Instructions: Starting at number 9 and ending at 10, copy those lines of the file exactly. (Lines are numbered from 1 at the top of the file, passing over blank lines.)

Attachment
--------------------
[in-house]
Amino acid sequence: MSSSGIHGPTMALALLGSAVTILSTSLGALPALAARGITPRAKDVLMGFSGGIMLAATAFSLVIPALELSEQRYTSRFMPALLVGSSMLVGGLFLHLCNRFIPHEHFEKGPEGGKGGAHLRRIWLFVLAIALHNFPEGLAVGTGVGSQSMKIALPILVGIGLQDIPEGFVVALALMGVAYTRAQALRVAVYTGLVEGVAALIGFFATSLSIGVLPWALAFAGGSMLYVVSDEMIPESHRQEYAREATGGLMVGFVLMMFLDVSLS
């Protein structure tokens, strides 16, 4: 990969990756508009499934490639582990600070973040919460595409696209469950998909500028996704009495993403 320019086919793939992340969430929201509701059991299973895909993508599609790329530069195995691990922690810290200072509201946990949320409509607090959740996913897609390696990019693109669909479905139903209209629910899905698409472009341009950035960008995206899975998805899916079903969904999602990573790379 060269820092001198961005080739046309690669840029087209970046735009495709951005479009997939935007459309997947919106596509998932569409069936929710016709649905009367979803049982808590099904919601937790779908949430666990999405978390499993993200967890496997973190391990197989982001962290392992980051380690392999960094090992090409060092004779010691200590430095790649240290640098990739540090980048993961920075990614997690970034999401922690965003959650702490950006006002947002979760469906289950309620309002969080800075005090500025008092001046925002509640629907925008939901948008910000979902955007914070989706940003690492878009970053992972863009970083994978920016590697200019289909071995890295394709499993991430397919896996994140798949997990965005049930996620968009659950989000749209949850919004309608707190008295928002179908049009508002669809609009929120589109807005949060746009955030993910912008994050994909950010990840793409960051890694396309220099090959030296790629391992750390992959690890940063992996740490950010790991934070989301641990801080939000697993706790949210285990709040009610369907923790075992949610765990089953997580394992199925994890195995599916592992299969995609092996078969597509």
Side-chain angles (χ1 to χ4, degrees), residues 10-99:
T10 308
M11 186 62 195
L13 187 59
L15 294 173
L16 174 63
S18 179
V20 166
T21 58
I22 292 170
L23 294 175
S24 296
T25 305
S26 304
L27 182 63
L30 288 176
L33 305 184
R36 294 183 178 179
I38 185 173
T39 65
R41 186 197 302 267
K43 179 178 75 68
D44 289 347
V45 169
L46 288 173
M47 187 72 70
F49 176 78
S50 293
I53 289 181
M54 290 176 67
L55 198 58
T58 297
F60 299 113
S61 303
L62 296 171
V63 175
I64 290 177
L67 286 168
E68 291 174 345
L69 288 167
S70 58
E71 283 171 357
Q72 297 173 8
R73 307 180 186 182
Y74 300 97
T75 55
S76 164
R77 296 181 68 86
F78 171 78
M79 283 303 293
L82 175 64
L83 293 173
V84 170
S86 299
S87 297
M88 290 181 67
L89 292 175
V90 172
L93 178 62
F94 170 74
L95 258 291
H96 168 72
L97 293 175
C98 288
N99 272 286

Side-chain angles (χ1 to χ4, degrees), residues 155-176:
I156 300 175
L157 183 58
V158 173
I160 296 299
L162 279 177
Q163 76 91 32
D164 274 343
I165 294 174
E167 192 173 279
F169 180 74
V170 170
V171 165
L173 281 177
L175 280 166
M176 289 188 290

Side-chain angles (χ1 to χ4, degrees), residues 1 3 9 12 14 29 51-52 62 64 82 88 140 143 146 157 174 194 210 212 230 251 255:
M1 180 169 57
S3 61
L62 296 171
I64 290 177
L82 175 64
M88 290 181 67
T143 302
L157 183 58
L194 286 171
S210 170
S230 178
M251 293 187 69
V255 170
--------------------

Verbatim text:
L16 174 63
S18 179